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London and Paris. Partially conserved axial vector current

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Another thing I did was to look at what was called the Sakata model. Although Dick Feynman and I developed it actually independently, we didn't publish it but we… we thought of it independently and worked with it a good deal. That was the supposition that somehow neutron, proton and lambda were fundamental, and the other particles were made out of them. Well that is an SU(3) scheme, but I didn't think of it in terms of SU(3); I thought of it in terms of S3, permutations among three things. Now, actually, mathematicians have shown that the representations of the permutation group and the representations of the unitary group are very closely related, so that I was able to construct the irreducible representations of SU(3) without knowing that I was working with SU(3) just by using permutations. And I actually did it. So I found the fifteen dimensional representation, for example, and the six dimensional representation and so on. And I thought that maybe that's where psi belonged, that we had n, p, and lambda and then sigma and psi belonged to a fifteen along with a lot of other particles that hadn't been seen yet, and so forth. I worked all that out mathematically, but it looked very ugly, so I didn't really sign on to it. But what I was doing was the Sakata model although of course I didn't assign that name to it since we had thought of it ourselves, and I had worked out these multiplets by myself. I didn't like it very much, but anyway I played with it. Likewise I played with a field theory model for the purpose of abstracting results in which I had three fundamental objects, like neutron, proton and lambda, and a single vector boson, giving a force among them. I knew this wasn't the right theory but I thought that some properties of the true theory could be abstracted from it. Later on, after the proposal of quarks, I used a three quark field theory with a single vector boson–no, a single neutral vector boson, knowing it was wrong but hoping that some correct results could be abstracted from it.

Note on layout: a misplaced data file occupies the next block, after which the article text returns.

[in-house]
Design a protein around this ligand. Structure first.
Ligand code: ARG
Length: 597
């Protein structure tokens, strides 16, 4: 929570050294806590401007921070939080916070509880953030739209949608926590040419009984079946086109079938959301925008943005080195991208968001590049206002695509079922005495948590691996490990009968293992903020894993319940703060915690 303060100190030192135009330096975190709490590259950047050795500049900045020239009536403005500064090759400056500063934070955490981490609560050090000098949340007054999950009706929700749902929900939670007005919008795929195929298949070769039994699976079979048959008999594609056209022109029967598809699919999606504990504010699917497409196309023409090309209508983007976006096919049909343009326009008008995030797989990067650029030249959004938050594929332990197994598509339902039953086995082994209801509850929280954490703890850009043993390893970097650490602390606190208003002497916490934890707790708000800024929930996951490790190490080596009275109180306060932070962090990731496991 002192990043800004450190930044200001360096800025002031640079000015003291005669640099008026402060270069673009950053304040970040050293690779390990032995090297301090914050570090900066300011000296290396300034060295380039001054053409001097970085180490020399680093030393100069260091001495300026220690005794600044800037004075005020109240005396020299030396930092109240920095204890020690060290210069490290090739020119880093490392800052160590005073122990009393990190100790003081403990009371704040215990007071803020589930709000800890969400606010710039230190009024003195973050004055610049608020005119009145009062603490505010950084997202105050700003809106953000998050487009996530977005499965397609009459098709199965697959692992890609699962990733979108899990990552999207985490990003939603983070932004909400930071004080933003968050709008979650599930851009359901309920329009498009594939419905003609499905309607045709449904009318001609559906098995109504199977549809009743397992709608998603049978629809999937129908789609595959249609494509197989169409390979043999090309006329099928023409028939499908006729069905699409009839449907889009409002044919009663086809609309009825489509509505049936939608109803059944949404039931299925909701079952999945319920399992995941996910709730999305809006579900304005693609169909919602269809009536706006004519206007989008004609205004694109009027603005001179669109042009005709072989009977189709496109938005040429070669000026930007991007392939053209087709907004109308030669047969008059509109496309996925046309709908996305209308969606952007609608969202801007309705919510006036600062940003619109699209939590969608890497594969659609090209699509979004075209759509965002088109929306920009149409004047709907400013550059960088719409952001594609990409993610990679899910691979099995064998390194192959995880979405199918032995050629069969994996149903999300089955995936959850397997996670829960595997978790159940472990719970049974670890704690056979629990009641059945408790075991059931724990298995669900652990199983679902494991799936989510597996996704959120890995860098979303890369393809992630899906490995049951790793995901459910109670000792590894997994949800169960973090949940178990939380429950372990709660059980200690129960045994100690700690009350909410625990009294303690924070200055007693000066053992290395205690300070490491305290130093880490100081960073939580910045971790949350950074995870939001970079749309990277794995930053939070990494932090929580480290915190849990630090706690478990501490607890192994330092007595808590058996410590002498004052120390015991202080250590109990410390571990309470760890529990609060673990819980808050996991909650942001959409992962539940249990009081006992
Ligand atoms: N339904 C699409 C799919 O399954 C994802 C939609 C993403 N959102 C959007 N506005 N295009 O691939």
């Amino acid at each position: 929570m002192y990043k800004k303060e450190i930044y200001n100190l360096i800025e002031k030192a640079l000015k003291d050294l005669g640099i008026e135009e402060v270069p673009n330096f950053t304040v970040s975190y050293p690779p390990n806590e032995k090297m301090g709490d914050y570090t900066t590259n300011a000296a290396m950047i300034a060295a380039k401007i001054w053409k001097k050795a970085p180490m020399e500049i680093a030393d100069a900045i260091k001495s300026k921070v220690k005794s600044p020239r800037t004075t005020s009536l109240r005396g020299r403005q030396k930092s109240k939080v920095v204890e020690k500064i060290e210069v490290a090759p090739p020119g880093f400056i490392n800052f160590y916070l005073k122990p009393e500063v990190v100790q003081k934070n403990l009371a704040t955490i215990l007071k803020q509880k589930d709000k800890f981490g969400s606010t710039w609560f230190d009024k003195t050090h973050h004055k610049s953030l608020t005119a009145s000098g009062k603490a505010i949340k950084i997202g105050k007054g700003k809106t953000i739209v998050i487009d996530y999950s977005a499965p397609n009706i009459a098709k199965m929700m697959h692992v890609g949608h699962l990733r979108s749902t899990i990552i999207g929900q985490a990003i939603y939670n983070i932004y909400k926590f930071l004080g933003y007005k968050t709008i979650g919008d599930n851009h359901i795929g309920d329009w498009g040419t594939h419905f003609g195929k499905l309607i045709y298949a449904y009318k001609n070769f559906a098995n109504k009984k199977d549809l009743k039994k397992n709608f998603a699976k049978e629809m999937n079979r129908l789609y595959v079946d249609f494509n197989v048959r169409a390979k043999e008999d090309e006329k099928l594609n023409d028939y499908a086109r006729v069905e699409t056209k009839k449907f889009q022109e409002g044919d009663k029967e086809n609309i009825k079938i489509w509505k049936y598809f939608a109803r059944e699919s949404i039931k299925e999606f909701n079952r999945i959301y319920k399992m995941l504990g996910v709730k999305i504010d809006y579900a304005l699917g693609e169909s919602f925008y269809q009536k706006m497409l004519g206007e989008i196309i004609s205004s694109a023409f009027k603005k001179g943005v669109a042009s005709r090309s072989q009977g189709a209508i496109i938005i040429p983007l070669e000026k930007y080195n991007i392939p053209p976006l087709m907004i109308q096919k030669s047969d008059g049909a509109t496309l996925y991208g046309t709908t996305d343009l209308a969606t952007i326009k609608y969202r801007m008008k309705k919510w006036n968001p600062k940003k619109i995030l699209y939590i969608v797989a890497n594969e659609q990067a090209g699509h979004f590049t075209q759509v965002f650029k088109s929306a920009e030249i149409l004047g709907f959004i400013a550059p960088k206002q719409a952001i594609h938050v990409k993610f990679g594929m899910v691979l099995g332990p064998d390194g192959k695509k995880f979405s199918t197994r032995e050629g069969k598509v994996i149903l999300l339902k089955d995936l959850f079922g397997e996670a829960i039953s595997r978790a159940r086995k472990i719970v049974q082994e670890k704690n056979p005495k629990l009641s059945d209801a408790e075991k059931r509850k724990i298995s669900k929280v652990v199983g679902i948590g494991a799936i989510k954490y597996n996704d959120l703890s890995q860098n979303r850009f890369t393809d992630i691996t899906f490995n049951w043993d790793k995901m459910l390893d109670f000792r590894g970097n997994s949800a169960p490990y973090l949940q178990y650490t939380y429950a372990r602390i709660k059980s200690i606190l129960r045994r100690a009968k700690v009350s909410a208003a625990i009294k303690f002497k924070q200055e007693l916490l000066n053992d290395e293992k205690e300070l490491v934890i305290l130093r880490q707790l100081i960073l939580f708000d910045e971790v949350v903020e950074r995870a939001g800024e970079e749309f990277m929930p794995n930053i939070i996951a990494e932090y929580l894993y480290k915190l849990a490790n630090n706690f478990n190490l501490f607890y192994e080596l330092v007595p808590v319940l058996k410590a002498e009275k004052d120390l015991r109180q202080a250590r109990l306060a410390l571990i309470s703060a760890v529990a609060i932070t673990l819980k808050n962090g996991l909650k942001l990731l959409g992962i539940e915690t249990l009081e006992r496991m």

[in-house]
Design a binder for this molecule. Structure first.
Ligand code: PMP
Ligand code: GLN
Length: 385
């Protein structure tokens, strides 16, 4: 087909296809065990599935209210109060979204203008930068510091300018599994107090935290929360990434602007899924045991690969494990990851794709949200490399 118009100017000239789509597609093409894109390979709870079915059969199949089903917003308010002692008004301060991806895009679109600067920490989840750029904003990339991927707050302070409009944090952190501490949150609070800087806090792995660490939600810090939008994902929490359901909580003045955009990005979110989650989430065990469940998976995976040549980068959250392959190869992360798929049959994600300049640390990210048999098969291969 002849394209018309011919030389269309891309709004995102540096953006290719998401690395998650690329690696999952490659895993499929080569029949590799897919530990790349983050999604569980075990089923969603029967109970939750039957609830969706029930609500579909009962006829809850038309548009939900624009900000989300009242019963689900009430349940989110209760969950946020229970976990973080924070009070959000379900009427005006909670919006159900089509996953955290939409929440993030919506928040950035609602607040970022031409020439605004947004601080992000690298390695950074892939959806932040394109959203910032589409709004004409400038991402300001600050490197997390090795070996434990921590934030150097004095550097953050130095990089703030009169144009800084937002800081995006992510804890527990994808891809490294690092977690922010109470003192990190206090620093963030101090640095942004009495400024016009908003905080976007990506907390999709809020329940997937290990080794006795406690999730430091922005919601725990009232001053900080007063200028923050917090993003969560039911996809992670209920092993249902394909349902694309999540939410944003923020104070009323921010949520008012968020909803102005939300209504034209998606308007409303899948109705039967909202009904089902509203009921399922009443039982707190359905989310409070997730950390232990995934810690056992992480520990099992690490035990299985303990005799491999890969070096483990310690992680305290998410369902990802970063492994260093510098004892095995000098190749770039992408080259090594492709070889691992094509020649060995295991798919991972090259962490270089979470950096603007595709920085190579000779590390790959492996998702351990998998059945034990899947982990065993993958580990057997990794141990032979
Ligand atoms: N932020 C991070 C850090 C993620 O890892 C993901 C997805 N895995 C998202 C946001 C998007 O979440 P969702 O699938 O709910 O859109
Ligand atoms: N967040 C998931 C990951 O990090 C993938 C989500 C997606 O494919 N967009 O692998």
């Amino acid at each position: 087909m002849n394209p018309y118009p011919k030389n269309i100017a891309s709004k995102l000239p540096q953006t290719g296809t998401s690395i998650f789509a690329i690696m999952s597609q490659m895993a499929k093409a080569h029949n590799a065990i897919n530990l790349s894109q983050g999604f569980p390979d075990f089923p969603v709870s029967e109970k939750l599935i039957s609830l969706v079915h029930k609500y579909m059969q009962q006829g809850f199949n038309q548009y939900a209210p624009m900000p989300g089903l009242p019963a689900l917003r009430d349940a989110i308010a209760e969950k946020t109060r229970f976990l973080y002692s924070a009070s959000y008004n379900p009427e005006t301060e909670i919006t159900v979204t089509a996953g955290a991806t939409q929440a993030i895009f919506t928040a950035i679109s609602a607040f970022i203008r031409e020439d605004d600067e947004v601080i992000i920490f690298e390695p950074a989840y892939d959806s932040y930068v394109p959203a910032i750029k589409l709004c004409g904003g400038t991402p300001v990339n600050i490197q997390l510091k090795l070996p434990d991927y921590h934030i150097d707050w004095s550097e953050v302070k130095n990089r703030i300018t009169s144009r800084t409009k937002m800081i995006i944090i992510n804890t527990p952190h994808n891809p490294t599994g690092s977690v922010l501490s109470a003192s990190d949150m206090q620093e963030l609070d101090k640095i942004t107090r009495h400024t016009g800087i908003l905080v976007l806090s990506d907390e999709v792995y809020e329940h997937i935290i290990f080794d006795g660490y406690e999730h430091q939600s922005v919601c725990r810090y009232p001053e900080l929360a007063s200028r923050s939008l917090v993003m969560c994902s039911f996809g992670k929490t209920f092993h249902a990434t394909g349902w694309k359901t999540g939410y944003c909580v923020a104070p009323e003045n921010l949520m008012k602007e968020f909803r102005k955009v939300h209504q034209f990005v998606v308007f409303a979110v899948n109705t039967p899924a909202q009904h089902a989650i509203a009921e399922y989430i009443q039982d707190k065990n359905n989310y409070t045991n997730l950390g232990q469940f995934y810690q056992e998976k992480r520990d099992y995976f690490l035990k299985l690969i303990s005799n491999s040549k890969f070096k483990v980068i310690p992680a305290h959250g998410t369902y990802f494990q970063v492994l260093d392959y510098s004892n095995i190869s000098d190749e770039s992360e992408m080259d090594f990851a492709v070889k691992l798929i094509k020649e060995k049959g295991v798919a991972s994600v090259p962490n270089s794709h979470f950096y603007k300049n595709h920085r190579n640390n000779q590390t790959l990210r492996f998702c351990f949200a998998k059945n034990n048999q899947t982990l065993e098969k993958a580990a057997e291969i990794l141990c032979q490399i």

New York-born physicist Murray Gell-Mann is known for his creation of the eightfold way, an ordering system for subatomic particles, comparable to the periodic table. His discovery of the omega-minus particle filled a gap in the system, brought the theory wide acceptance and led to Gell-Mann's winning the Nobel Prize in Physics in 1969.

Listeners: Geoffrey West

Geoffrey West is a Staff Member, Fellow, and Program Manager for High Energy Physics at Los Alamos National Laboratory. He is also a member of The Santa Fe Institute. He is a native of England and was educated at Cambridge University (B.A. 1961). He received his Ph.D. from Stanford University in 1966 followed by post-doctoral appointments at Cornell and Harvard Universities. He returned to Stanford as a faculty member in 1970. He left to build and lead the Theoretical High Energy Physics Group at Los Alamos. He has numerous scientific publications including the editing of three books. His primary interest has been in fundamental questions in Physics, especially those concerning the elementary particles and their interactions. His long-term fascination in general scaling phenomena grew out of his work on scaling in quantum chromodynamics and the unification of all forces of nature. In 1996 this evolved into the highly productive collaboration with James Brown and Brian Enquist on the origin of allometric scaling laws in biology and the development of realistic quantitative models that analyse the influence of size on the structural and functional design of organisms.

Tags: Richard Feynman, Dick Feynman

Duration: 2 minutes, 29 seconds

Date story recorded: October 1997

Date story went live: 24 January 2008